Tickets: https://eventbook.ro/music/bilete-warhaus-live-at-control-club ------------------------------------------------------------- “People do crazy things to get laid,” drawls Belgium’s foremost alt-crooner, Maarten Devoldere, speaking with a definite tone of experience. For his second solo Warhaus album in
“People do crazy things to get laid,” drawls Belgium’s foremost alt-crooner, Maarten Devoldere, speaking with a definite tone of experience. For his second solo Warhaus album in as many years, the songwriter – and core member of acclaimed indie act Balthazar – comes on like a millennial Leonard Cohen, singing deep, dark and groove-ridden songs of love and hate, managing to be both romantic and searingly brutal at the same time.
The self-titled Warhaus follows 2016’s celebrated We Fucked A Flame Into Being: a lush, moody confessional art-jazz offering named after a particularly sensual line in D.H. Lawrence’s classic novel Lady Chatterley’s Lover. For Warhaus however, Devoldere has ditched the highfalutin’ literary references – mostly. “The big difference is I quit reading for this album!” he laughs. “I literally haven’t touched a book for the last year – it felt liberating.”
The one lingering nod to a more scholarly life comes via the record’s overarching nod to Lolita, resting mainly in the interplay between Devoldere and the album’s female vocalist, Sylvie Kreusch, who is also his girlfriend. “This whole project is about my alter-ego, a dandyish character,” explains Devoldere. I try to sound in control, but if you read the lyrics it becomes clear that I’m completely lost!”.
In these searching, poetic – and occasionally quite amusing – lyrics, he ponders various strains of human emotion, but lust, love and eroticism ring the loudest. Going where love songs rarely go, the softly lit, marimba-laden “Love’s A Stranger” is a woozy meditation on adultery. “We like to believe we’re too romantic for loyalty,” he laughs. The dark strings of “Control” provide a voluptuous backdrop to a story about “the beauty of man surrendering to a woman” that channels Tom Waits at his gruffest while “Everybody” is a ballad like you’ve never heard before, a dirt bag confessional with sing-along chorus. “When their girls are gone, men start watching porn, drink too much and piss in the sink. It’s about that,” shrugs Devoldere.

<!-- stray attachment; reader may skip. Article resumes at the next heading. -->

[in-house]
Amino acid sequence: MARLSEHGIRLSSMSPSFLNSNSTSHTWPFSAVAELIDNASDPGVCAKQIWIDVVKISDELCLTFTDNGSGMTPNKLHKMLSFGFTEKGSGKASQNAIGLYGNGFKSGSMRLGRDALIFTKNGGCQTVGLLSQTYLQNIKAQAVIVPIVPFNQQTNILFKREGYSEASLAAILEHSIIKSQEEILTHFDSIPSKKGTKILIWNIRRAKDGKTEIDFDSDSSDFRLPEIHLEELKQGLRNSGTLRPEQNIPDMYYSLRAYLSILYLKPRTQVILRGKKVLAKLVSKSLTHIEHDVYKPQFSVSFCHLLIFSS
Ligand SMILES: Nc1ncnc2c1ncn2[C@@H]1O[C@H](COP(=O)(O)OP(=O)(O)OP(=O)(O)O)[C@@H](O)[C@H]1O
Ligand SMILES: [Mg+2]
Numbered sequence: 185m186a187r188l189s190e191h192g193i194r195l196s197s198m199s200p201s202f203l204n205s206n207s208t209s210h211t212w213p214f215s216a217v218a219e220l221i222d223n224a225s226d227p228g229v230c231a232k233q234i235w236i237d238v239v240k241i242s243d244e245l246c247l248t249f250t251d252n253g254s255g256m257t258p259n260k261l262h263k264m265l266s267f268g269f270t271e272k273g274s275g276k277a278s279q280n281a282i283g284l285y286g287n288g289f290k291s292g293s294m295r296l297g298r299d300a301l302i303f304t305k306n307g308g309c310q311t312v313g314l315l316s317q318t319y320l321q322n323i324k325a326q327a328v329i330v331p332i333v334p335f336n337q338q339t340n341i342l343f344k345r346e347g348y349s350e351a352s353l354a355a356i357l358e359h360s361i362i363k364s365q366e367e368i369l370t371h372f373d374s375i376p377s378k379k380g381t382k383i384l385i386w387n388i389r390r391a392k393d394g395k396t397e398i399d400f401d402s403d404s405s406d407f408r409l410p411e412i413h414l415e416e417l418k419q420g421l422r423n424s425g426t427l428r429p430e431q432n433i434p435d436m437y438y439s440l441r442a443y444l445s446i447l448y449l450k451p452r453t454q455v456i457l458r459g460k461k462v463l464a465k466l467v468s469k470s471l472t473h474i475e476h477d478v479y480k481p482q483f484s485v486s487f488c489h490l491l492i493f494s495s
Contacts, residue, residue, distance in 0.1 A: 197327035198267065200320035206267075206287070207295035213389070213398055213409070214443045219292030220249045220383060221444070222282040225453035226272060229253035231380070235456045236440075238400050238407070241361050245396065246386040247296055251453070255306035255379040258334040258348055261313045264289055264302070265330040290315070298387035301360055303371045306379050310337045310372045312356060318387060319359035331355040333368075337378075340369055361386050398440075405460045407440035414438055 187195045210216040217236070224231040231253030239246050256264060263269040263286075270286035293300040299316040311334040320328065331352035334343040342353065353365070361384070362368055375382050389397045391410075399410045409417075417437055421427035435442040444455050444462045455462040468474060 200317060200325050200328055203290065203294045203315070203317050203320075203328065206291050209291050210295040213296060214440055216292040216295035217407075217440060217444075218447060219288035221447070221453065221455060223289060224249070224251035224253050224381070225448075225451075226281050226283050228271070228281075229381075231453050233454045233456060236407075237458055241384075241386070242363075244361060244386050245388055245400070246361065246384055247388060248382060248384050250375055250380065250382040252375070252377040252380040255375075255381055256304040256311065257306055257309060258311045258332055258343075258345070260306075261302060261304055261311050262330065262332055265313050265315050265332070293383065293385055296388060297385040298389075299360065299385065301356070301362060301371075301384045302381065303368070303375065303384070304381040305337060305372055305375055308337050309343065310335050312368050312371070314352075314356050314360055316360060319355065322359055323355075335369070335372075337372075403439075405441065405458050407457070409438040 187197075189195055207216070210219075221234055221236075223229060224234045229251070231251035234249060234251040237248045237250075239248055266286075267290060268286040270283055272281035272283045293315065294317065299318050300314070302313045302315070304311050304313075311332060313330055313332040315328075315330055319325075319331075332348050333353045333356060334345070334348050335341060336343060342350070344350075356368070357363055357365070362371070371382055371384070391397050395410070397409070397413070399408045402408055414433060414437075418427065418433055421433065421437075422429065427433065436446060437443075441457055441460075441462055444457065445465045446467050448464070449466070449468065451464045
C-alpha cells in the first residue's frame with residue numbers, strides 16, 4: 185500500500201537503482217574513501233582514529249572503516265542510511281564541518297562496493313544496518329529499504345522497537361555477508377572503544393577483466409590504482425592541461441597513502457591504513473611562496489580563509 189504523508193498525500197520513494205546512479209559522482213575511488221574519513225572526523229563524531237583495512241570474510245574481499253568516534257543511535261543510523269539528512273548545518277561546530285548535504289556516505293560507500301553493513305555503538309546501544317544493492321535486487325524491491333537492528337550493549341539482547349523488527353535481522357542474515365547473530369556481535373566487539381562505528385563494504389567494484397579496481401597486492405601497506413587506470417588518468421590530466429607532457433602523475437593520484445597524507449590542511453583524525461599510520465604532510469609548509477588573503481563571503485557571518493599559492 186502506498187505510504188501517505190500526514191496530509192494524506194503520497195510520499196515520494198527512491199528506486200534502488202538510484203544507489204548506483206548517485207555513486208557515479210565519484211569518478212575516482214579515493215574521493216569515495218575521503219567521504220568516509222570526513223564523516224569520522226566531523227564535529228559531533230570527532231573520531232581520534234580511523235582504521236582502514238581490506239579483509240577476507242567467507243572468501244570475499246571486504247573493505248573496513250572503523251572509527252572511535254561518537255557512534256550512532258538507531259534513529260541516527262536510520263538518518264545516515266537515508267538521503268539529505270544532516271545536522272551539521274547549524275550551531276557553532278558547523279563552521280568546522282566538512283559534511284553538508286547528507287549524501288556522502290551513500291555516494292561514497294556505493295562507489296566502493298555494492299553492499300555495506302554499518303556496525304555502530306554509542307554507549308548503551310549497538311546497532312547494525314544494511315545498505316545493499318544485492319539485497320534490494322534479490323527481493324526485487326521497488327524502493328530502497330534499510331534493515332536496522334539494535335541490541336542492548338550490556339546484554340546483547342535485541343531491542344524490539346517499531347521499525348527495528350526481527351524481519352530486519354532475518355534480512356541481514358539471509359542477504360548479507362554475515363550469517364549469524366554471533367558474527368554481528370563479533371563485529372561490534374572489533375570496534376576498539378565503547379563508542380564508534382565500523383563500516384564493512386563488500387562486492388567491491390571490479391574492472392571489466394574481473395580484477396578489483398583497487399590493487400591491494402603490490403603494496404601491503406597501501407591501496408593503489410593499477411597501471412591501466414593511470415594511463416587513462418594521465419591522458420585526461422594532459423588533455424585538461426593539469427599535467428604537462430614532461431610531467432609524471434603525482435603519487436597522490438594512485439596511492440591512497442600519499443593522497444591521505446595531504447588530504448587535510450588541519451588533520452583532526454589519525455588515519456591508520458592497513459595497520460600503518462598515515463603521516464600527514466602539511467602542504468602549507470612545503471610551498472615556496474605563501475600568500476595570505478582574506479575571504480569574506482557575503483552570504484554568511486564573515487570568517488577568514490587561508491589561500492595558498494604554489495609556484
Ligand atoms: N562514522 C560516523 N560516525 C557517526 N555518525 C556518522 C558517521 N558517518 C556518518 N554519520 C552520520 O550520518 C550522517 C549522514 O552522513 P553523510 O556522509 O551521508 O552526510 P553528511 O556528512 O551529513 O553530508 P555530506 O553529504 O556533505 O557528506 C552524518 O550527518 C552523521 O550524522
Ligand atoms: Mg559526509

The silky “No Such High” however sees him ditch the cynicism to write the purest song of his solo career, an ode to how love can beat all temptation. “I’ve never written a song so sweet,” he says. “Sometimes you just feel cozy and warm and want to sing something about it. That’s the first time I’ve embraced those feelings and wrote a love song without a bittersweet aftertaste.” With velvety back-up vocals from Kreusch, the pair’s relationship lends the music an intense kind of intimacy and their contrasting personalities feed further into the sensual sound. “We’ve very different people,” says Devoldere. “She’s this natural force which I don’t understand at all and I’m the guy who thinks everything through. It’s an interesting combination.”
Recorded at home in Belgium, the album came about almost by accident. When it was decided that Balthazar’s hiatus would continue a little while longer, Devoldere found himself at loose ends. He’d been touring the Warhaus project and while playing shows found himself writing a lot on the road – as well as on retreat in Kyrgyzstan with no-one but a local shepherd for company. The creative fires were lit and they burned very bright indeed. “I was sitting on a mountain of songs,” he says.
There was little else to do than to get in a studio and lay them down. A far more spontaneous record than his debut, he gathered his touring band around him and recorded many of the songs as live. “They’re not jazz musicians but they’re good at faking jazz,” says Devoldere of the freeform sessions. “I got a taste for improvisation, to make the songs more alive.” The voodoo rhythms of Dr. John’s seminal 1968 Gris-Gris twinkle throughout the album too, after Devoldere discovered the New Orleans legend and become obsessed with his singular sound.
A playful swirl of contradictions, Devoldere decided to his cap his darkly emotive album with artwork that sees him grinning wildly. You might not know what to think when you see Warhaus, but you’ll definitely know what to feel.